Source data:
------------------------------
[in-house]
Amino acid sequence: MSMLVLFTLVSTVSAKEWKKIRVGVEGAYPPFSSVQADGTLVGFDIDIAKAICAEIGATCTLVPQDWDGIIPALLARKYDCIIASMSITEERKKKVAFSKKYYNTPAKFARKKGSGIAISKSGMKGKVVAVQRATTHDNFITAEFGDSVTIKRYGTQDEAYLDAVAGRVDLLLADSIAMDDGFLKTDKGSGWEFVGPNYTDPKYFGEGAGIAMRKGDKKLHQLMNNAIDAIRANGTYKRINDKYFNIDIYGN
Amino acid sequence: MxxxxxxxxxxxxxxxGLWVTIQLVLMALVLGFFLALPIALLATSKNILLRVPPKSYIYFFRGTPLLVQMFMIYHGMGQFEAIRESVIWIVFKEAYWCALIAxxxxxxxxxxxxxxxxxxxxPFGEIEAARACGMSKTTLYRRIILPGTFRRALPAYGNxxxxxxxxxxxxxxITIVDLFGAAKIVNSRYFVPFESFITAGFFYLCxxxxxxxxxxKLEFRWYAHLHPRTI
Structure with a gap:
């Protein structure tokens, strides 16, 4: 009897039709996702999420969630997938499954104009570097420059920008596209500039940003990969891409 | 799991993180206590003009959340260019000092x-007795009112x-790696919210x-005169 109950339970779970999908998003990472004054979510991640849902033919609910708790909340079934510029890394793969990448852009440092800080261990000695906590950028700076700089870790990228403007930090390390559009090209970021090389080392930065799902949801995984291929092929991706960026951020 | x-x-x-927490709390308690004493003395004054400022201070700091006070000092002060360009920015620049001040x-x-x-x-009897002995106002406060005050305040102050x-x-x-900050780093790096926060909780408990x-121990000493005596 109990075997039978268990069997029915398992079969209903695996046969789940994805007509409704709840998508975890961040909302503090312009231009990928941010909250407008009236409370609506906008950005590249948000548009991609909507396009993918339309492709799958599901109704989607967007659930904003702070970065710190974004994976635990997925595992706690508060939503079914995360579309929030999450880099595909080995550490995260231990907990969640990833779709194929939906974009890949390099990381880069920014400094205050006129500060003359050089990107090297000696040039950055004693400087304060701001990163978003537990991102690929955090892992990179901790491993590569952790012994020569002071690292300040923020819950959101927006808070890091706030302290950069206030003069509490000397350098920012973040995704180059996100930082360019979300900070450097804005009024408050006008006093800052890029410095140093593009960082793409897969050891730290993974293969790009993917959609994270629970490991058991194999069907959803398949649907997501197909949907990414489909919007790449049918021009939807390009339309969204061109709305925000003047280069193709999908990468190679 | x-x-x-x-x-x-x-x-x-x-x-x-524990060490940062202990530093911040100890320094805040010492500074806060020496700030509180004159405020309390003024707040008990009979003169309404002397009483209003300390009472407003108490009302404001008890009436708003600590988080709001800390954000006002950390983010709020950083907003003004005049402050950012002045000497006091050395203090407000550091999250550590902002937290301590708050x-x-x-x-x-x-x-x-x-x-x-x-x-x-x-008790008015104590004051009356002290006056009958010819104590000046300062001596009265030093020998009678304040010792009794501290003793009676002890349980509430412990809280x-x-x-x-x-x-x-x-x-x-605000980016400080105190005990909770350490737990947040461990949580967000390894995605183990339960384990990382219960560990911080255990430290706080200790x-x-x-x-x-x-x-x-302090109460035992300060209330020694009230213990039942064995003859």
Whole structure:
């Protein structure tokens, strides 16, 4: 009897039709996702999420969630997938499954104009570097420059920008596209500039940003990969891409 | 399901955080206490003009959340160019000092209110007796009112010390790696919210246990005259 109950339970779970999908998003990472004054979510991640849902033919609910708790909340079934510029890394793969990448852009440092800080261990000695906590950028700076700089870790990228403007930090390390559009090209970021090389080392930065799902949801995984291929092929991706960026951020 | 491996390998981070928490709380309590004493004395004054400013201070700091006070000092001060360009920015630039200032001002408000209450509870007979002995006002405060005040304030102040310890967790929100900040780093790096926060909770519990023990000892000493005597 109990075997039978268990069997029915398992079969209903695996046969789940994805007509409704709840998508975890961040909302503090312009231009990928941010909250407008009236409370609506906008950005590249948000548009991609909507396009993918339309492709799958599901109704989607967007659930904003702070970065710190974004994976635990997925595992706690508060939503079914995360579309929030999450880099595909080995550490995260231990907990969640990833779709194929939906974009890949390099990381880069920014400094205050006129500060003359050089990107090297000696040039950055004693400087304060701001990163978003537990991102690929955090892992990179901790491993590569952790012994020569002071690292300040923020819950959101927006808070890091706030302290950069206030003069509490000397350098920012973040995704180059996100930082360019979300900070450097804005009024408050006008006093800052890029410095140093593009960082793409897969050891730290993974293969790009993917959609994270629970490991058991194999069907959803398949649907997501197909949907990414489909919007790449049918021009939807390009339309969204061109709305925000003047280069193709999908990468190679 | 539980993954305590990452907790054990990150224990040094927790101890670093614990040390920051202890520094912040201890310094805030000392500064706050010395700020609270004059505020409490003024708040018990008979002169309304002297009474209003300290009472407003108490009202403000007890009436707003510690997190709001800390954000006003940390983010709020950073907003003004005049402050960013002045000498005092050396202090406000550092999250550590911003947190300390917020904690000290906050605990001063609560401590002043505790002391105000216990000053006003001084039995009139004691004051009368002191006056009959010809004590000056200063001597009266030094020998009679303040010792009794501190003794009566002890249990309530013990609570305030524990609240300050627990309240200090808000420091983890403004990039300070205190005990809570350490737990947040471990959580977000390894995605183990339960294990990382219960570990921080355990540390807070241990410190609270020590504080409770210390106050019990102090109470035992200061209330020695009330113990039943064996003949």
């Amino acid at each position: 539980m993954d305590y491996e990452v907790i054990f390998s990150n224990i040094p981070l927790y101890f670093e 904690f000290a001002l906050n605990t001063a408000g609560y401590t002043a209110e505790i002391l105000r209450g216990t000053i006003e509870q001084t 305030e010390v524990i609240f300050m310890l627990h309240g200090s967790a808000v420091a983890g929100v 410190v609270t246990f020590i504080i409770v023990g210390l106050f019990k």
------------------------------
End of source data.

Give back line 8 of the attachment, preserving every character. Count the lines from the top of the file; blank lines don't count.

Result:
């Amino acid at each position: 539980m993954d305590y491996e990452v907790i054990f390998s990150n224990i040094p981070l927790y101890f670093e 904690f000290a001002l906050n605990t001063a408000g609560y401590t002043a209110e505790i002391l105000r209450g216990t000053i006003e509870q001084t 305030e010390v524990i609240f300050m310890l627990h309240g200090s967790a808000v420091a983890g929100v 410190v609270t246990f020590i504080i409770v023990g210390l106050f019990k």